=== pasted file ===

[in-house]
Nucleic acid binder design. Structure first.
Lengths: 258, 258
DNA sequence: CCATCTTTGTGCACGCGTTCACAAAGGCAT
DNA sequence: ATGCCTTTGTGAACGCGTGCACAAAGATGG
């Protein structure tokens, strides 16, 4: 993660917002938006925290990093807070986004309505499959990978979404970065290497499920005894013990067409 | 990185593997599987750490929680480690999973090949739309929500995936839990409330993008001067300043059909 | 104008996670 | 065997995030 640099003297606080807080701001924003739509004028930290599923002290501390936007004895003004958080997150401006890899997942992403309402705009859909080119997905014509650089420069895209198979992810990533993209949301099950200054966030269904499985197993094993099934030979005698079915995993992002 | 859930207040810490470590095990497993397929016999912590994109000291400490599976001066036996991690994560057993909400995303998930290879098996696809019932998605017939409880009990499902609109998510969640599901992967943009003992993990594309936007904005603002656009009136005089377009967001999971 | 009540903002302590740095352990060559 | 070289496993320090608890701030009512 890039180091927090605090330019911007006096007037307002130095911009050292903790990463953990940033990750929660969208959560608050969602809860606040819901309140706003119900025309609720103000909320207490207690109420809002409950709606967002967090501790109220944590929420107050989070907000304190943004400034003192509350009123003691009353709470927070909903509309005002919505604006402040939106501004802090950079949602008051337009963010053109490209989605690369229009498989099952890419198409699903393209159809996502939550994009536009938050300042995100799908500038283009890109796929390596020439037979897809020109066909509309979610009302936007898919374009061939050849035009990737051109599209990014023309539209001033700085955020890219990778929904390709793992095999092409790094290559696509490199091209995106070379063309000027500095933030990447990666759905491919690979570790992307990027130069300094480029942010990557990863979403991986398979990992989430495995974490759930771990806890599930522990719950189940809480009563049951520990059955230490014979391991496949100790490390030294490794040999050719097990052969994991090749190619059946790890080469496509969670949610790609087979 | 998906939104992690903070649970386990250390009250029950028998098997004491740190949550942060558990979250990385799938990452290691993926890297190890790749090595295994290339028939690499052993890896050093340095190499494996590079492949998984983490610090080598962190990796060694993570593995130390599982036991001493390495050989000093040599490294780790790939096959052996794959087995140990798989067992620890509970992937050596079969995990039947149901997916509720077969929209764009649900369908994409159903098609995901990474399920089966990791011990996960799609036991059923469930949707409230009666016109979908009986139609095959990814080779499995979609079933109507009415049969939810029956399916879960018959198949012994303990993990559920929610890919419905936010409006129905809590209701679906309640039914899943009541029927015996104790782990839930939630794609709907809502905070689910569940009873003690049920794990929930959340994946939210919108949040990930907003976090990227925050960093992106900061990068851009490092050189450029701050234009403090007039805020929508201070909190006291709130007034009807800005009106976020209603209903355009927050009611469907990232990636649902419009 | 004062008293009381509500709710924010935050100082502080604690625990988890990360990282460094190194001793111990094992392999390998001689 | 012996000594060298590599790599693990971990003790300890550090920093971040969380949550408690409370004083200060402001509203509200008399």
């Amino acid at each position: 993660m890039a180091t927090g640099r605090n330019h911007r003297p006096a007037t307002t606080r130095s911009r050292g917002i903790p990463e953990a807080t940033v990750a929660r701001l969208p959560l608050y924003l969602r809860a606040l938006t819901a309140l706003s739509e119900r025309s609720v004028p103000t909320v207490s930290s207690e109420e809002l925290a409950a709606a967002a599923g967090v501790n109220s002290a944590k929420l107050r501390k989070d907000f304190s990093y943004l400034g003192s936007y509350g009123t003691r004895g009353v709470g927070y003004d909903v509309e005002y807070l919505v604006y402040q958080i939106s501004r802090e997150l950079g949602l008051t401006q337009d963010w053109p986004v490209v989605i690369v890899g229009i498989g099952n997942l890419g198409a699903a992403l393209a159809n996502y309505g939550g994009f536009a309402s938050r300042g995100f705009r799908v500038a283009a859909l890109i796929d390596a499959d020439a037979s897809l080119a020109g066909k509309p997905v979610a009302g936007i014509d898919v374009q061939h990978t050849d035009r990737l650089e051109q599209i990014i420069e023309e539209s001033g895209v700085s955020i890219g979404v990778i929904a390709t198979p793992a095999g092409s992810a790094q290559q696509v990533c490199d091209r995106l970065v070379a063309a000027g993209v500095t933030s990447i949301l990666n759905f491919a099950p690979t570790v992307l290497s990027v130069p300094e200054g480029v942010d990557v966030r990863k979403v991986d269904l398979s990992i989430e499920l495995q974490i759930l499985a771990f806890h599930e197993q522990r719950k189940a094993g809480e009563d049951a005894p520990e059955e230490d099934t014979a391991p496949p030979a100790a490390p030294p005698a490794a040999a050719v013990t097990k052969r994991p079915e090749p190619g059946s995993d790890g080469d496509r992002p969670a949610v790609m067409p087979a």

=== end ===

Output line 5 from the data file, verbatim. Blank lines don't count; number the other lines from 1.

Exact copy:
DNA sequence: ATGCCTTTGTGAACGCGTGCACAAAGATGG